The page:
Predicting NBA game outcomes using machine learning
The objective of every coach is to win. Pre-game and in-game, they must decide which players deserve more minutes so the team can improve in key performance areas, and by extension, which areas should be focused on.
My goal was to predict ‘win’ or ‘loss’, taking measures of performance as input. The final model correctly classified 84.44% of unseen game data.
Coaches can estimate team performance categories, use this model to predict the outcome, then shuffle their lineups to target certain categories in their control that will output winning predictions.
My assumptions are that coaches can aggregate each player’s season averages to accurately estimate:
- The performance of the opposing lineup
- The performance of their own lineup
The dataset (
games.csv) contains information on 23,195 NBA games from every season between 2003–2019.
This was randomly split into a
train set (80% of data) to learn from, and a
test set (20% of data) to evaluate performance. Further, this was split into
X_test (features), and
For each game (row), we have the following features (columns) for both
FG_PCT_away: % of made shots (excluding free throws)
FT_PCT_away: % of made free throws
FG3_PCT_away: % of made 3-point shots
AST_away: # of assists
REB_away: # of rebounds
I wanted to predict the
HOME_TEAM_WINS column (target); assuming that ours is always the
home team. A 0 represents a loss, and a 1 represents a win.
train set was missing data for 77 games. Estimating each feature of these games would detract from the analysis, so they were dropped. I also dropped one game with an erroneous 36–33 score.
The following histograms display, for each feature, the count of values in a bin (value range). Most are centered, meaning there are no values far outside the middle that shift the distribution (potential outliers).
There are some games with very low
FT_PCT, shifting the distribution right. These are real; NBA games typically have high
FT_PCT with occasional bad performances. They were kept because eliminating them would artificially divorce our data from reality.
Some games had high
REB, shifting the following distributions left, but they too were kept. Teams usually shoot a low
FG3_PCT, but with few 3-point attempts, an accuracy of 1.0 is possible. Likewise, overtime games allow teams to collect supernormal rebounds.
Outcome Splits by Feature
I then separated histograms by outcome, where orange represents values recorded in wins; and blue in losses.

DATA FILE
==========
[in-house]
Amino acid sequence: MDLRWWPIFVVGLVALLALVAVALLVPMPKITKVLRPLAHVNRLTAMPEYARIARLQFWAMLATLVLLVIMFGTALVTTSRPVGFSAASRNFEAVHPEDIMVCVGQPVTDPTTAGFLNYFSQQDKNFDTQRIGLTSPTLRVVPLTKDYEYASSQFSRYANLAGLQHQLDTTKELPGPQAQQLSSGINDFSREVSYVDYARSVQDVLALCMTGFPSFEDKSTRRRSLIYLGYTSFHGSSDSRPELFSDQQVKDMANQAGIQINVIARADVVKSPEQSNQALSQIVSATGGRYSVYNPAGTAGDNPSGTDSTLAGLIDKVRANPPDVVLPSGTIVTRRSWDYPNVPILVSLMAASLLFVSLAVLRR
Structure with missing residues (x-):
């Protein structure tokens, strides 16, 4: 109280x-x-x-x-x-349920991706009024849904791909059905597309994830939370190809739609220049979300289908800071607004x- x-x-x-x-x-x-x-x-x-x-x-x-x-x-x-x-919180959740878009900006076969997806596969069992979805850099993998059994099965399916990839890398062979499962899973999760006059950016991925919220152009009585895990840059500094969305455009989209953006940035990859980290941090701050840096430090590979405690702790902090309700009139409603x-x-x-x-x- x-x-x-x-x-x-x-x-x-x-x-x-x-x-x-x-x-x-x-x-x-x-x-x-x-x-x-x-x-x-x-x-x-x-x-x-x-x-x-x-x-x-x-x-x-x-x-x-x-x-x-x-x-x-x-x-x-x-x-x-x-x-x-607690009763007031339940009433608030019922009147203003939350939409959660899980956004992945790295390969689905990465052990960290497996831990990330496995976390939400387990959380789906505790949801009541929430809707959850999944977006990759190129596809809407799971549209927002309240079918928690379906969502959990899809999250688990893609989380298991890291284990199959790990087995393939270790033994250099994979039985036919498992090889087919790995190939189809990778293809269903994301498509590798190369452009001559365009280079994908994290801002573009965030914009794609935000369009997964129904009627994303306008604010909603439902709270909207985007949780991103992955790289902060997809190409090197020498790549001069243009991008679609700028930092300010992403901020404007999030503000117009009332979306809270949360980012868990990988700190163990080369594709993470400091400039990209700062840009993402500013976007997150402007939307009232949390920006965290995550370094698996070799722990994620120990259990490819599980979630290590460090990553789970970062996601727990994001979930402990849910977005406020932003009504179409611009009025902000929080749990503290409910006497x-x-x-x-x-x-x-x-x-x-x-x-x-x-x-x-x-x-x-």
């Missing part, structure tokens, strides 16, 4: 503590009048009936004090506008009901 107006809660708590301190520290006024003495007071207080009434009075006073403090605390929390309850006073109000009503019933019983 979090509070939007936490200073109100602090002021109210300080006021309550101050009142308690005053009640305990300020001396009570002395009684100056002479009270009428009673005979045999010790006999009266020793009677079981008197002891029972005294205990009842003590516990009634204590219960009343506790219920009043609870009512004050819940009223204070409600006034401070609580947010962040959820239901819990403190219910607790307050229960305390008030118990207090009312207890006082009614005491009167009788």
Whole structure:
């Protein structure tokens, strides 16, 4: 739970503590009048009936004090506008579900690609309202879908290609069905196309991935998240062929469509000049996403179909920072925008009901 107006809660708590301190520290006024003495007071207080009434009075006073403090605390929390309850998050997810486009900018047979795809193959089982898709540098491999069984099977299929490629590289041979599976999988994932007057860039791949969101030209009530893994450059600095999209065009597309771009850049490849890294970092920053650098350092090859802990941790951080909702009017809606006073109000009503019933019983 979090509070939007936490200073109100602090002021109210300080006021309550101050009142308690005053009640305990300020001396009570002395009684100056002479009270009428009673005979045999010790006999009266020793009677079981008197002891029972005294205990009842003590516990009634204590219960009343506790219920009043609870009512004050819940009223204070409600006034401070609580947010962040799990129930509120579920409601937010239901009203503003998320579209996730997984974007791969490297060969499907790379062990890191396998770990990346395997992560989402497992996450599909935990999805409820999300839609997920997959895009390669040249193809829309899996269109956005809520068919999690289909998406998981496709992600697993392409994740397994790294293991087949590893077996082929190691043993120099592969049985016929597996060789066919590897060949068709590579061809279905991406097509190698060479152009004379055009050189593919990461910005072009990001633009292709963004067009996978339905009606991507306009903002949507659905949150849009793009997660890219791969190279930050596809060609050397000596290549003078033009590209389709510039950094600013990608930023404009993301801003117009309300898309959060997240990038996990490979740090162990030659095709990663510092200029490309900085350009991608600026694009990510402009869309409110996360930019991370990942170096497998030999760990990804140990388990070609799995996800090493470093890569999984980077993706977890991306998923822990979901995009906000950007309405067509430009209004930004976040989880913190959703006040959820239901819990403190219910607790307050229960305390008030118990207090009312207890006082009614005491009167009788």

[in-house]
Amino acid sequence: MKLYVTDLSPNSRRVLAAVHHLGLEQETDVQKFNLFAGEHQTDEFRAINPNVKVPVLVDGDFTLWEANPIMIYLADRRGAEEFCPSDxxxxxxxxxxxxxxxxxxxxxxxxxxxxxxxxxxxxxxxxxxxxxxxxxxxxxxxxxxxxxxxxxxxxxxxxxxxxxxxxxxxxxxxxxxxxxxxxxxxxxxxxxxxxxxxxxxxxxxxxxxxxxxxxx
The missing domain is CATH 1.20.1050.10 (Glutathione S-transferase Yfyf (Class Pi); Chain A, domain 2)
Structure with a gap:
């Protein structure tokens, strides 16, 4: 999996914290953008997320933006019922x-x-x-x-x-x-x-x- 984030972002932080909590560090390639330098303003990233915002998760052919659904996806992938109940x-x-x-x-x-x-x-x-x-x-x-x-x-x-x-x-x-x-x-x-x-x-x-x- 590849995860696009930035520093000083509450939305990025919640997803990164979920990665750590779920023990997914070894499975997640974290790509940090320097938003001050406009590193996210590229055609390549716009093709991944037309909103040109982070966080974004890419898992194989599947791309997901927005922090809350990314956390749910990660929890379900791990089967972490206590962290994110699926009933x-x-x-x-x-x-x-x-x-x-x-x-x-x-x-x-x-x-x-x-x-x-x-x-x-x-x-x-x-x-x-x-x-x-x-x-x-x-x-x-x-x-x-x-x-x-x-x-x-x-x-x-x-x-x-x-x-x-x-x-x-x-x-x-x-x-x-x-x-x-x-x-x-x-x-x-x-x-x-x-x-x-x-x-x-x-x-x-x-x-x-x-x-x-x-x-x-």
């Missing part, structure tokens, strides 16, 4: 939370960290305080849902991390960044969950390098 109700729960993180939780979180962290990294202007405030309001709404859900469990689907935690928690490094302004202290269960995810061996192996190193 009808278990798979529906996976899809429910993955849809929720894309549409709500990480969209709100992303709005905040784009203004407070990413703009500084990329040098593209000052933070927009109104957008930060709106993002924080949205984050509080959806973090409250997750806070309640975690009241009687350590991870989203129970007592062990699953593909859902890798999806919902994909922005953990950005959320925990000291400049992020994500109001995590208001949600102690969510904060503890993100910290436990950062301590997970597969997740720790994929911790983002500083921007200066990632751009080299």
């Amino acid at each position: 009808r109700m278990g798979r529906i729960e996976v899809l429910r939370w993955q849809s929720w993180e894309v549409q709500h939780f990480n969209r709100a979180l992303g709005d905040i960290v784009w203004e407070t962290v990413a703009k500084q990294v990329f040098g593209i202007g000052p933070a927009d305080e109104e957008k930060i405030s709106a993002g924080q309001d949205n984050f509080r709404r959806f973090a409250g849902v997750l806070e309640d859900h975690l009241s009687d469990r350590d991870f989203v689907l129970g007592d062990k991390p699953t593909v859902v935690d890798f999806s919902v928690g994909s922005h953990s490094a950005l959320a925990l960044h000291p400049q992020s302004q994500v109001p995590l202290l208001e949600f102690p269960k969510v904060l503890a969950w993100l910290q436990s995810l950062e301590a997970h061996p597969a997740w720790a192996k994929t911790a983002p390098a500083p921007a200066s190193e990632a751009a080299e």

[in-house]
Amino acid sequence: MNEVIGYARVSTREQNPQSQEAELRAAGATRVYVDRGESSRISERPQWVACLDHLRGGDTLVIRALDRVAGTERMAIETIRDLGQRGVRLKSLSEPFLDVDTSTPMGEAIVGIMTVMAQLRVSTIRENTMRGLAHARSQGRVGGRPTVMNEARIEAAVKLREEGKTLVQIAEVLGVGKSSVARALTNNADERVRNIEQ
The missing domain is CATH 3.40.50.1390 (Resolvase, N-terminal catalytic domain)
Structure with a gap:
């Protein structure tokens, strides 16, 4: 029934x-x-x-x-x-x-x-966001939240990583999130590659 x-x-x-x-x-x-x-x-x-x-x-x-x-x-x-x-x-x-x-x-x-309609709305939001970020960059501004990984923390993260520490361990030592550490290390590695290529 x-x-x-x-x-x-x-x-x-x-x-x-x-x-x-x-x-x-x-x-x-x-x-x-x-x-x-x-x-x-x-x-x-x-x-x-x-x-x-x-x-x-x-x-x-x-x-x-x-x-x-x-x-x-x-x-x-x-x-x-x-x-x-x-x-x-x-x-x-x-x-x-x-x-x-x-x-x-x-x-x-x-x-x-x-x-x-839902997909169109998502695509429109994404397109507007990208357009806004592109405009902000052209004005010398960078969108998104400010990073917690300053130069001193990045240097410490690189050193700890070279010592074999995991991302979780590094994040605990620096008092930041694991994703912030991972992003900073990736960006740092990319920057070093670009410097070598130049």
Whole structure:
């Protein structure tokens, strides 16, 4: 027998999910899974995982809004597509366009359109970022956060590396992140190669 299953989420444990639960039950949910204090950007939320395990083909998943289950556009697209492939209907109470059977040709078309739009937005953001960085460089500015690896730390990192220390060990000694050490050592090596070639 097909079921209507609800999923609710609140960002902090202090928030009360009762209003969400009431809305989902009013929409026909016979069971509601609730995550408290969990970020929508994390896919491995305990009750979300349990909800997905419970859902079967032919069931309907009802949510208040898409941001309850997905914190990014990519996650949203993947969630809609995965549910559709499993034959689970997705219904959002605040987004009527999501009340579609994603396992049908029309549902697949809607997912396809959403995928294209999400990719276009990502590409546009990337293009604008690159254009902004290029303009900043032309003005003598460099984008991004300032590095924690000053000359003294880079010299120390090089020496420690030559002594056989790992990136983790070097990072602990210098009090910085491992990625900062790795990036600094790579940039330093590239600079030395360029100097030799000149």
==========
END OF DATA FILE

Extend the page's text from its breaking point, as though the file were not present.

FG_PCT_home shows that games with high efficiency are overwhelmingly won (orange).
FG_PCT_away is the reverse; games where the opponents had high efficiency are overwhelmingly lost (blue). Similar splits appear for the following features, but the relationship is less strong.
Input transformations improve the model’s ability to learn.
preproc_pipe takes inputs, fills in missing values with the median of that feature from the
train set, and then squishes every value into a distribution that has a mean of 0 and a standard deviation of 1 (standard normal distribution). This second step (scaling) prevents the model from artificially favoring features like
REB_away that are larger.
After trying multiple approaches (
RandomForestClassifier) and settings (hyperparameters) for each, the best model was
LogisticRegression with default settings.
LogisticRegression defines a linear equation where the outputs (y) lie between 0 and 1. Outputs ≥ 0.5, are classified as wins (1) and outputs < 0.5 as losses (0). When training, coefficients are continuously tweaked to minimize the difference between actual and predicted values. Then, it can multiply unseen inputs by trained parameters, and predict.
The final line splits
train into 10 chunks. For each of 10 iterations, the model preprocesses the inputs, then trains
LogisticRegression on 9/10 chunks before validating performance on the 10th (unseen) chunk. Using different validation chunks each iteration allows for more training on limited data, and increased confidence in results.
This model should beat the baseline accuracy (% correct predictions) of 59% (obtained by always predicting the most frequent outcome, wins).
Above, we see average scores on the validation chunk are close to average scores on the training chunks. This means our model has not overfit; it performs similarly on unseen data. In the
- It correctly classified 83.83% of games (
- Of ‘win’ classifications, 85.61% were truly won (
- It identified 87.52% of actual wins (
The average difference in accuracy across validation chunks (standard deviation) was small: 0.007263.
On the 20% of data the model had never seen, it correctly classified 84.44% of game outcomes, which was close (within standard deviation) to the
train set (83.83%). This again builds confidence that our model has not overfit.
The below visualization shows the impact of each feature (its coefficient) on prediction; something that might interest coaches.
Larger positive coefficients influence the model to predict wins, whereas negative coefficients influence the model to predict losses. As before,
FG_PCT had the highest impact on predictions; greater
FG_PCT_home influences the model to predict ‘win’, and greater
FG_PCT_away influences the model to predict ‘loss’.
AST_away were the least important features because they had the smallest magnitude of impact.
Given the starting assumptions, accurate models might not help decision-making if coaches poorly estimate the performances of lineups.
Other features could significantly impact outcomes; especially defensive statistics like steals and blocks. A richer dataset could mitigate this weakness.
New rules and strategies constantly redefine the NBA, like the recent popularity of the 3-point shot. Changes in gameplay trends can reduce future predictive power, as the data becomes fundamentally different.
Full code available here.